Since Geno Auriemma was named Olympic basketball coach for 2016, I have been thinking what a waste this is, to not give other coaches a chance. Connecticut-based columnist John Altavilla thought the same thing:
The coach of eight national champions at UConn is the first in the sport’s history to be invited to return to its most pressure-filled job…..
Still, the job and all of its inherent pressures, was something many women’s basketball coaches covet. And college coaches such Baylor’s Kim Mulkey and South Carolina’s Dawn Staley and WNBA coaches Mike Thibault, Brian Agler, Cheryl Reeve, Dan Hughes and Lin Dunn, among others, all possessed the credentials to assume they would be candidates.
The problem was, Jerry Colangelo, chairman of USA Basketball, and Carol Callan, the manager of the women’s program, had decided from the start they wanted to replicate a environment of continuity similar to what exists on the men’s side. Duke’s Mike Krzyzewski is serving his third straight term.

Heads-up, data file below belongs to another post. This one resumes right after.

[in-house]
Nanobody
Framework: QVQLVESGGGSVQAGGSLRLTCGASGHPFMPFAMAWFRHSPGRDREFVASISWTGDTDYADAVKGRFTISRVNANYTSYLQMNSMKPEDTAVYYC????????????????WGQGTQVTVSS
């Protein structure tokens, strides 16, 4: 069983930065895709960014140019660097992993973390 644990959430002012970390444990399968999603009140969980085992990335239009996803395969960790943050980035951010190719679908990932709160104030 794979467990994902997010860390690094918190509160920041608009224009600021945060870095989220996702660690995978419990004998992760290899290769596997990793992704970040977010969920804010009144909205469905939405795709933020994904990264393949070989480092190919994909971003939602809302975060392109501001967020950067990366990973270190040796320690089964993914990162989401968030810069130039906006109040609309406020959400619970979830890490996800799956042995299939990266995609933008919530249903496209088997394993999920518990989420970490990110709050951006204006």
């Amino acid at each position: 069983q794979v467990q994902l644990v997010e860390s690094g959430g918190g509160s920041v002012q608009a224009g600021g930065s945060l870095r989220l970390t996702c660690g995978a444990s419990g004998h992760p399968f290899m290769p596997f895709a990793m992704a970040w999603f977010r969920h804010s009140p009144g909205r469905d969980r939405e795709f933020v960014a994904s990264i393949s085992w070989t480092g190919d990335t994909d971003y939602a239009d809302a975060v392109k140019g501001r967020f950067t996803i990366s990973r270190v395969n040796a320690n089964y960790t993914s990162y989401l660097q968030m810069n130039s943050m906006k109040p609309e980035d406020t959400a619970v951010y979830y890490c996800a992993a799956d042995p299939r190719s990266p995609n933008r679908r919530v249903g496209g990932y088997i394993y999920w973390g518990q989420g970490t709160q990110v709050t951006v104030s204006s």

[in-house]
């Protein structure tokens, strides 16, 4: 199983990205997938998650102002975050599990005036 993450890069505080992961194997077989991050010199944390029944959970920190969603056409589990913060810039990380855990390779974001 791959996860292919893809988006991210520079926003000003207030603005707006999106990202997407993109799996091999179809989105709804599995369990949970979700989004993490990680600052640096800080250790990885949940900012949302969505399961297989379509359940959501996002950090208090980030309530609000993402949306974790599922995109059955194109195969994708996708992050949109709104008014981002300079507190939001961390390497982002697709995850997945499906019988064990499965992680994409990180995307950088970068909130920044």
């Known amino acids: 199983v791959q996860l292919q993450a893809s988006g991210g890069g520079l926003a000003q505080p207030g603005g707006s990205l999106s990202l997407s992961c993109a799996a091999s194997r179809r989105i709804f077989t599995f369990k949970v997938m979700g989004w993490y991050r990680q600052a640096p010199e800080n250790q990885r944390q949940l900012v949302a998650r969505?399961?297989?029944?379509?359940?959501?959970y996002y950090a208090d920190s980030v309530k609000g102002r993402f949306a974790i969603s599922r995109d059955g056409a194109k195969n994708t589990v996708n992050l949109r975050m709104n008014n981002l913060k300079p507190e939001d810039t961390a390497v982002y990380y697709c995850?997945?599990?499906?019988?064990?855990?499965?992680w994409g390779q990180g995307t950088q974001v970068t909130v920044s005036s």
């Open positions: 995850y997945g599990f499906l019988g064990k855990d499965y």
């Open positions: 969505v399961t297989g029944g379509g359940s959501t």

Altavilla is absolutely correct.
I’d like to see Mike Thibault – one of the most intelligent coaches I’ve ever spoken with – have a chance. Ditto Dawn Staley, Sylvia Hatchell (both just inducted into the Naismith Hall), Lin Dunn and Brian Agler. Who knows what special touches each one of these coaches could add to a talented group of athletes. I guess we won’t find out anytime soon.
What’s good for the men’s team isn’t necessarily good for the women; we should all know that by now. Last year the women’s team won their fifth consecutive gold medal, which isn’t something the men can say. They were good before Auriemma, and will continue to be, as the best players in the world come from the U.S. They don’t need Auriemma to preserve an already-established legacy.
I don’t like looking ahead to the Olympics already somewhat disappointed, but I am. Those who jockeyed for this deja vu have misguided notions.